Why do Pollinators Matter?
"Pollinators" of all kinds are indicator species that reflect the health of the planet. The impact that climate change, habitat destruction and pesticides are having on ALL species is alarming. Not only are they beautiful, but the decrease in the number of pollinators has an important bearing on the security and abundance of our food.
What can you and your school do to help?
Building pollinator gardens is an activity that schools are embracing across the United States and Mexico. A pollinator garden is an all-encompassing STEM teaching tool, especially suited for ecological and sustainability studies.
How To Plant A Monarch Garden
The most obvious need for pollinating species is a diversity of nectar and pollen sources. Consider the following when choosing plants for your garden:
- Choose plants that flower at different times of the year to provide nectar and pollen sources throughout the growing season. HOW TO PLANT YOUR SCHOOLYARD BUTTERFLY GARDEN is a comprehensive, 2-page summary from our strategic partner, Monarch Joint Venture.
- Plant in clumps, rather than single plants, to better attract pollinators.
- Provide a variety of flower colors and shapes to attract different pollinators. NAPPC’s Pollinator Syndrome table provides information on the types of flowers that different pollinator groups (bats, hummingbirds, bees, butterflies, etc.) find attractive.
- Whenever possible, choose plants native to your area. Native plants will attract native pollinators and serve as larval host plants for certain species. Research which plants supply food to the butterfly larvae local to your area. Your students can help!
Pollinator-friendly plants for your area can be found in NAPPC's Ecoregional Planting Guides. Contact your local or state native plant society for help. HERE are some links for finding native plant sources and societies near you. Speaking of native plants, there are often unintended consequences when non-natives are introduced into an ecosystem. This New York Times Article highlights the importance of using milkweed native to your area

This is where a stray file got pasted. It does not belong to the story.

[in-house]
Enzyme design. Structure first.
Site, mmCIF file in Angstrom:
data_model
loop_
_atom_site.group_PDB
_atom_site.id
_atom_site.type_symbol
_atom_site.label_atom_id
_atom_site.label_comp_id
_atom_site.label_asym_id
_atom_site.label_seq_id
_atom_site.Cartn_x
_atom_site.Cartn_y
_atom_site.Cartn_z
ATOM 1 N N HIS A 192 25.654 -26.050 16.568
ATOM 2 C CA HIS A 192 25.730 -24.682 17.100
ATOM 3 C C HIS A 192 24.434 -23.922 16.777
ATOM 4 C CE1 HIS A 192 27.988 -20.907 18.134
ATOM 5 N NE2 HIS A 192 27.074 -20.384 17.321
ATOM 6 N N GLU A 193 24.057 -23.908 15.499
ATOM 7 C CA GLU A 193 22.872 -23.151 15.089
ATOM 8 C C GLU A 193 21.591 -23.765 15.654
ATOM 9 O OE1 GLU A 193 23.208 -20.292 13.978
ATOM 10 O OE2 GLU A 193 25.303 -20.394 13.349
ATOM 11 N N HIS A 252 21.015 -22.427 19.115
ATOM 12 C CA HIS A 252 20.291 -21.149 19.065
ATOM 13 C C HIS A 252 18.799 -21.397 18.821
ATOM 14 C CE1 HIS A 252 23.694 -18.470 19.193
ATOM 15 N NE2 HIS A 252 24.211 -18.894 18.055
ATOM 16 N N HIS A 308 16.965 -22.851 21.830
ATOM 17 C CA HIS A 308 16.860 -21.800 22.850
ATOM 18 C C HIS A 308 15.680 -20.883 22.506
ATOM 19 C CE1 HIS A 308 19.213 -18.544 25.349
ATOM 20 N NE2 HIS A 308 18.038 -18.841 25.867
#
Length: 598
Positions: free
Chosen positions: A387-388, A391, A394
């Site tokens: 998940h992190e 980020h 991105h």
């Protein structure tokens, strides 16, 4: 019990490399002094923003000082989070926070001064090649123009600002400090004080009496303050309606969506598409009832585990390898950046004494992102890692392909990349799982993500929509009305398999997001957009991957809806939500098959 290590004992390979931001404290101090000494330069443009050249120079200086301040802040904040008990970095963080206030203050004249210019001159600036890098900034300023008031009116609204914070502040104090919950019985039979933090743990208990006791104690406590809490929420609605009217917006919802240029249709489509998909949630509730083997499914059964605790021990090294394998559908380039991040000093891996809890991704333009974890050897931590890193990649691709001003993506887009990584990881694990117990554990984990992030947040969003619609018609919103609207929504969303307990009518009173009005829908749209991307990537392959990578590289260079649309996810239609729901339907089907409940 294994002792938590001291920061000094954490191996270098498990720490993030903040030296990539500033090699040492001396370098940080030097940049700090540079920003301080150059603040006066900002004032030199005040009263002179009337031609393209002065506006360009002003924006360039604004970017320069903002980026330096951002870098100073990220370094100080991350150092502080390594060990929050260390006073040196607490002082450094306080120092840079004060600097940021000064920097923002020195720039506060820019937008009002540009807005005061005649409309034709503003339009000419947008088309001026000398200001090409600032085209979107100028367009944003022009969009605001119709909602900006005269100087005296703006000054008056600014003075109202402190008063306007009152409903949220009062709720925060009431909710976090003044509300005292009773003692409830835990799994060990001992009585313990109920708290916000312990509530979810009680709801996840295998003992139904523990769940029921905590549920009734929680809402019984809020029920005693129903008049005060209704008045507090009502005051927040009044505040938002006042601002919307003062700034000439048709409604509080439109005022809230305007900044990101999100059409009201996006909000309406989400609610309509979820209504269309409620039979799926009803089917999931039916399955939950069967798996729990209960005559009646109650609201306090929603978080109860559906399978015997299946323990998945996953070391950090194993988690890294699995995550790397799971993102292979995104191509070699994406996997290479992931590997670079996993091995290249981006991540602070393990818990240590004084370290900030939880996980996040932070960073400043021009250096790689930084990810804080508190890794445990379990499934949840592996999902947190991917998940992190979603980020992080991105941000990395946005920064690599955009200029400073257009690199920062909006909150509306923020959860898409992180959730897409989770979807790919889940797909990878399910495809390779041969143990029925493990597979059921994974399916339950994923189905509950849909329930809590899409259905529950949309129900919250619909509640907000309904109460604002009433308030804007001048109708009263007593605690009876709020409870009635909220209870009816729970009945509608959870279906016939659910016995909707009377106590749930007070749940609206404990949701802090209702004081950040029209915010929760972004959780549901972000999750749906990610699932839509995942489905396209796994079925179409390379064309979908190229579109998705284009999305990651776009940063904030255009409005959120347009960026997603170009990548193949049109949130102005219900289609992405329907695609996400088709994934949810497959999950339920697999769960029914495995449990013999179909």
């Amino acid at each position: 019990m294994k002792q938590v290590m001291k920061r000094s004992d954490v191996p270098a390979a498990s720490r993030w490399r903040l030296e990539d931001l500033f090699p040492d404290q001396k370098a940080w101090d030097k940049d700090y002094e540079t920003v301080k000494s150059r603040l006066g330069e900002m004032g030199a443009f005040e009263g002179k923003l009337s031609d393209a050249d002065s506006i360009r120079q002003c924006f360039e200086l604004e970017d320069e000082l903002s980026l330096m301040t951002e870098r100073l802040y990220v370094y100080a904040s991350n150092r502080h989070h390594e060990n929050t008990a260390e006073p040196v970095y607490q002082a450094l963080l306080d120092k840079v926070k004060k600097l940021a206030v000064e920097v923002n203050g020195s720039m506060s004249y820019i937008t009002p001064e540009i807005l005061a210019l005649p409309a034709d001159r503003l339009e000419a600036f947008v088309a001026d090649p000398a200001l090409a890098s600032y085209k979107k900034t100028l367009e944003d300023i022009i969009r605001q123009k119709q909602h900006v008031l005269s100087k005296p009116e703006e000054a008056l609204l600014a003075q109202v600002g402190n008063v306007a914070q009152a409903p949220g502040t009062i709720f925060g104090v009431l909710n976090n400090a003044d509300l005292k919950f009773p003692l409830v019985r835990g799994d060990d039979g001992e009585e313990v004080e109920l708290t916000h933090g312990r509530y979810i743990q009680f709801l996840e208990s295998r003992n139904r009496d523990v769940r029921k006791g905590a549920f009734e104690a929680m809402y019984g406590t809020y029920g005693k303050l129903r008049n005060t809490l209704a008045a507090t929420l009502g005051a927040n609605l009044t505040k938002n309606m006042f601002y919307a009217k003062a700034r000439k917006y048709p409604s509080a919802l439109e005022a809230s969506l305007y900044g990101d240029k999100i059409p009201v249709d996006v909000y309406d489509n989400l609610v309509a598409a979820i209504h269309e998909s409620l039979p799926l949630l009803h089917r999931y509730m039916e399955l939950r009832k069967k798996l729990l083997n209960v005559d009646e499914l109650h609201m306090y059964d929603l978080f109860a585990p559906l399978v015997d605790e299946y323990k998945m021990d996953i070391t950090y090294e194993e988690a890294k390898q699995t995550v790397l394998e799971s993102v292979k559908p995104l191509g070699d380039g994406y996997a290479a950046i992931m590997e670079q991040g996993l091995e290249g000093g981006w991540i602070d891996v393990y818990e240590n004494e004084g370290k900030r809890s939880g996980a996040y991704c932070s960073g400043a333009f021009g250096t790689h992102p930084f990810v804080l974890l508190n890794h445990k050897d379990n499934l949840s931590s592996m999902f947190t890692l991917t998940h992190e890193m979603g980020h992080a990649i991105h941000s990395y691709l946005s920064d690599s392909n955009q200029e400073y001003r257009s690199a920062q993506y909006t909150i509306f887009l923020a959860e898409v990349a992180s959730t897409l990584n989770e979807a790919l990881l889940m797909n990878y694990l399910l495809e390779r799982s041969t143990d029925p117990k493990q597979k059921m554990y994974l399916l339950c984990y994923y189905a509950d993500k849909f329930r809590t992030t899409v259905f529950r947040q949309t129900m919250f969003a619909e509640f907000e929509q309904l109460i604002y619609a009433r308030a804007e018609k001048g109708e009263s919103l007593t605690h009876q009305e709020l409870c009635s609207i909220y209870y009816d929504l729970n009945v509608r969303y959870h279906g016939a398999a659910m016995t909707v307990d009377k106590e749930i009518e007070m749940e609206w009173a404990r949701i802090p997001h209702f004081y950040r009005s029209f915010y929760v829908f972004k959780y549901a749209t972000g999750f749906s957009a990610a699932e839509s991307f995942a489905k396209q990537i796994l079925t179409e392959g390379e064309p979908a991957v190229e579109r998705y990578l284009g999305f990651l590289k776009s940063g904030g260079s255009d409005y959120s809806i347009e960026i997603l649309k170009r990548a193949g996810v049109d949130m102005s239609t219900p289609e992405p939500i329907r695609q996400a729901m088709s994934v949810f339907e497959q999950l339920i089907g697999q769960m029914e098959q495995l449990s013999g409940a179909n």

Activities and Curriculum
Join the Gardening & Pollinators Resource Group!
Recommended to Alliance by the U.S. Fish and Wildlife Service, this U.S. Forest Service site offers a great list of activities and K-12 curriculum all in one location, including links to the Monarch Butterfly Manual and the Butterfly Activity Guide (described below).
The U.S. Fish and Wildlife Service and Protección de la Fauna Mexicana A.C. (Profauna A.C.), a Mexican non-governmental organization, developed The Monarch Butterfly Manual, Royal Mail: A Manual for the Environmental Educator. This manual was developed for grades Pre-K through 12 and offers activities that promote conservation of the Monarch Butterfly. Each activity includes an overview, background information, and a sidebar that highlights the skills and concepts students will use, along with the learning objectives they will meet. You can download the entire guide, or each individual activity. (PDF 17 MB)
The Butterfly Conservation Initiative (BFCI) was established in 2001. BCFI is a partnership between the American Zoo and Aquarium Association (AZA) and the U.S. Fish and Wildlife Service's Office of Partnerships and Outreach. BFCI has an educational mission that includes the promotion, protection, and restoration of native North American butterflies and their habitats. They have developed a variety of educational initiatives including programs, special events and exhibits, interpretive signage, curriculum, workshops, and activism. BFCI has created a Butterfly Activity Guide in partnership with the American Zoo and Aquarium Association and the National Wildlife Federation. (PDF, 335 KB)
Monarchs in the Classroom